It’s all about the weather when deciding the best time of year to plan a Utah National Parks vacation.
This article details the Utah National Parks weather in January and what you can expect at each park.
It’s important to know the expected temperatures, weather, services available, things to do, what to pack, and where to stay at Utah National Parks in January.
In order to determine the best time to visit Utah National Parks, you need to know what it’s like visiting all five parks at various times of the year so you can decide which season and month is best for you to plan your vacation.
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Packing List for January at Utah National Parks
Hiking boots should be warm and waterproof. No one wants soggy feet!
Visiting Utah National Parks in January
The national parks are must-see places to visit in Utah! The best thing about a January vacation to see the Utah National Parks is the solitude and serenity you’ll experience during the off-season.
You’ll find fun things to see, do, and photograph at Utah National Parks in the winter. But some activities may be a bit more limited due to cold or snowy conditions!
When planning a Utah National Park road trip it’s important to be up-to-date with current weather and road conditions!
Use these resources to plan your vacation:
- Arches National Park travel guide
- Bryce Canyon travel guide
- Canyonlands National Park guide
- Capitol Reef National Park guide
- Zion National Park travel guide
Utah National Parks Weather in January
For us, January is one of the best months to visit Utah National Parks to avoid the crowds you’ll find in the spring and fall or the heat of the summer!
Here’s what you can expect at each of the 5 Utah National Parks in the month of January.
Arches National Park Weather in January
Here’s what you can expect when visiting Arches National Park in January:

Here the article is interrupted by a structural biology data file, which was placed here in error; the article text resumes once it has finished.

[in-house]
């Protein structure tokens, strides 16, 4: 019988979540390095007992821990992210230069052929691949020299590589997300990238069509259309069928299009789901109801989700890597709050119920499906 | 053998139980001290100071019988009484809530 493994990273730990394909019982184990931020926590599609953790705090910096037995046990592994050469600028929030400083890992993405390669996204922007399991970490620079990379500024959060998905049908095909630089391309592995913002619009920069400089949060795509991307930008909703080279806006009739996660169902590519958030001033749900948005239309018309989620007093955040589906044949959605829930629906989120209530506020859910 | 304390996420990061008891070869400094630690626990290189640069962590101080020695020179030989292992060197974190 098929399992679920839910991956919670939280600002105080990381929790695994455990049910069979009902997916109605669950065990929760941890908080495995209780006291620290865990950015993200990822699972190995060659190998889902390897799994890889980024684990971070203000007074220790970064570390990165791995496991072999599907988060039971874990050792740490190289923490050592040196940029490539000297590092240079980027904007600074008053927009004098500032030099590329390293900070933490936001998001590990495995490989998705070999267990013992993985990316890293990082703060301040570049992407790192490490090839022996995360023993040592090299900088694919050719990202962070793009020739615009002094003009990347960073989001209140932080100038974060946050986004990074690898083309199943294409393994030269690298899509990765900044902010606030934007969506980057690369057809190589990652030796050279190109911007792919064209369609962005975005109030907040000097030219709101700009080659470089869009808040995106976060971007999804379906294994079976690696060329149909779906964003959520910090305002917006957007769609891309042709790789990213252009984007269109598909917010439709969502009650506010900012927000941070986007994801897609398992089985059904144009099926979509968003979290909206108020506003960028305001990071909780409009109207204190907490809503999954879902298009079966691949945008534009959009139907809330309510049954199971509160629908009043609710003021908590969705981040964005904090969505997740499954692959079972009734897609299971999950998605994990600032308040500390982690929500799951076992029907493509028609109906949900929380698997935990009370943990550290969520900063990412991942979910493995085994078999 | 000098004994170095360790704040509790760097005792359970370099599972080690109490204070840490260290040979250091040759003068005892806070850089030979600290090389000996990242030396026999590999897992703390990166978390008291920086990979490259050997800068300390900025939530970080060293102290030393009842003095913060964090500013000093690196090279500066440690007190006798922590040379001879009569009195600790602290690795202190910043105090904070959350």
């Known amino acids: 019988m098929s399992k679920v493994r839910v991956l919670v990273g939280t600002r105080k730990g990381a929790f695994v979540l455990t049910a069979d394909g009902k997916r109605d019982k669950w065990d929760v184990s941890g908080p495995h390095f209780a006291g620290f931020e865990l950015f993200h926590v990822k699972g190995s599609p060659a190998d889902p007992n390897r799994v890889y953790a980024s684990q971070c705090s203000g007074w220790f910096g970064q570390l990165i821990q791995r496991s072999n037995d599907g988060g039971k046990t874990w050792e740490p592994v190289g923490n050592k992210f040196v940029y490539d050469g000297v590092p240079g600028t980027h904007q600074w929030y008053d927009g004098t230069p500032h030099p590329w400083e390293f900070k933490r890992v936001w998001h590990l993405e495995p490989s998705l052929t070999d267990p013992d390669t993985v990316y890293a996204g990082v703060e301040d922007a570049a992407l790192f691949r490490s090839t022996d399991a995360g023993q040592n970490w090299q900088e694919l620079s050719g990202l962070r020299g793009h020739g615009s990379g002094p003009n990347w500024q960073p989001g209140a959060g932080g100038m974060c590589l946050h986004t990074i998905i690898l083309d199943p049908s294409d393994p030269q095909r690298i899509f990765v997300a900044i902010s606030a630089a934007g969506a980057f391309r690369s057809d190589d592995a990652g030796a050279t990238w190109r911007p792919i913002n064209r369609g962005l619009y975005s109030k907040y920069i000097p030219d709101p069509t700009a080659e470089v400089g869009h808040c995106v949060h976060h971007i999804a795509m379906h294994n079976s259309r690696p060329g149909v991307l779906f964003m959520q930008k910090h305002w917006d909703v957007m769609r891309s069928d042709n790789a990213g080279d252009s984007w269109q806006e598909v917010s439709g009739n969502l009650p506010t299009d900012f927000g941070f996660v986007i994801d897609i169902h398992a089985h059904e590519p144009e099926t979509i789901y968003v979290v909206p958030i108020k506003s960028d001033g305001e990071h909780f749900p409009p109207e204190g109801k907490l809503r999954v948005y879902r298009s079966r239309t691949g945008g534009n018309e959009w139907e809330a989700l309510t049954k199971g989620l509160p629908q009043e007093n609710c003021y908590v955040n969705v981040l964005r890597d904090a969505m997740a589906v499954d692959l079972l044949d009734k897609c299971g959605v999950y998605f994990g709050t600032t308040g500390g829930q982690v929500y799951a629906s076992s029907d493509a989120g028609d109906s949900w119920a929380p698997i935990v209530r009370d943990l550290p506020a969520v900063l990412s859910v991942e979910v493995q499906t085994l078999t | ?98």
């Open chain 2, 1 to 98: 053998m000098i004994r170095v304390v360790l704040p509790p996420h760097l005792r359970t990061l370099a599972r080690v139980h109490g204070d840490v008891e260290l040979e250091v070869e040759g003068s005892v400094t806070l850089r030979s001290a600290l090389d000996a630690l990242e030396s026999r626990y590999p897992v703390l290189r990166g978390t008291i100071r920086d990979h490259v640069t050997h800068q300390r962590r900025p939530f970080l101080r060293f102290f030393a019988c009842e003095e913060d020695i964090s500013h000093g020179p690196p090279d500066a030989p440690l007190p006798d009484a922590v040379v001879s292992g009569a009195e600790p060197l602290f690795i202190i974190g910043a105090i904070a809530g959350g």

In January the Arches National Park weather is cold and can be unpredictable if a storm rolls through. The average highs are near 40 degrees with the lows near 20 degrees Fahrenheit.
Remember that Arches National Park is located at 5,653 feet above sea level so it does get cold in the winter, even if the sun is out.
Usually Arches National Park doesn’t see large amounts of snow in January. But it’s common to get a dusting of snow, or even a few inches of snow, when storms roll through the area.
The snow is a terrific contrast with the red rocks for Arches National Park photography!
The Arches National Park scenic drive might be closed after a snowfall for several hours for plowing. Park roads, parking lots, and pullouts can still be icy, especially in shaded areas. Check at the visitor center for the latest information on road conditions in the park.
Most of the Arches National Park hiking trails remain open year-round. You may find there are parts of the Delicate Arch trail and Devil’s Garden trail that can be slippery from packed snow and ice and may require traction devices and trekking poles.
If you want to do Arches National Park winter camping, all camping sites at Devil’s Garden Campground are first-come, first served.
There are RV parks near Arches National Park open in the winter if you’re looking for a campground with more amenities than Devil’s Garden Campground in the park.
Bryce Canyon Weather In January
Here’s what you can expect when visiting Bryce Canyon National Park in January:
You can’t beat visiting Bryce Canyon without the crowds and the offseason rates in the winter. Yes there will be snow at Bryce Canyon in January, but that’s what makes it magical! If you’re not a fan of exploring the outdoors in cold weather or snowy conditions, then you should probably skip visiting this park in January.
The main Bryce Canyon scenic drive could be closed due to weather and road conditions, which means you’ll only be able to see the amphitheater section of the park.
But the amphitheater has some of the best Bryce Canyon views and photo spots to capture stunning winter landscape photography.
You can enjoy Bryce Canyon winter activities like hiking, snowshoeing, and cross-country skiing. When you visit in January you’ll find ranger-led programs at Bryce Canyon include the Hoodoo Geology Talk and Snowshoe Hikes. You can get snowshoes at the visitor center if you don’t bring your own. This snowshoe adventure takes about 1 ½ to two hours to complete. You must be at least 8 years old to go on the hike.
There are many Bryce Canyon winter hikes to explore, but you may need snowshoes or traction devices. Keep in mind the Wall Street side of the Navajo Loop is closed, but the Two Bridges side of the Navajo Loop remains open. We love the Navajo Loop Queen’s Garden trail for down-and-back hiking to explore the canyon below the rim. The Rim Trail between Inspiration and Bryce Points will also be closed in January.
Even with the snow and cold, you can enjoy Bryce Canyon winter camping! Only loop A of North Campground is open in the winter months. It is first come, first serve.
You can also opt to enjoy a Bryce Canyon National Park RV vacation instead of camping.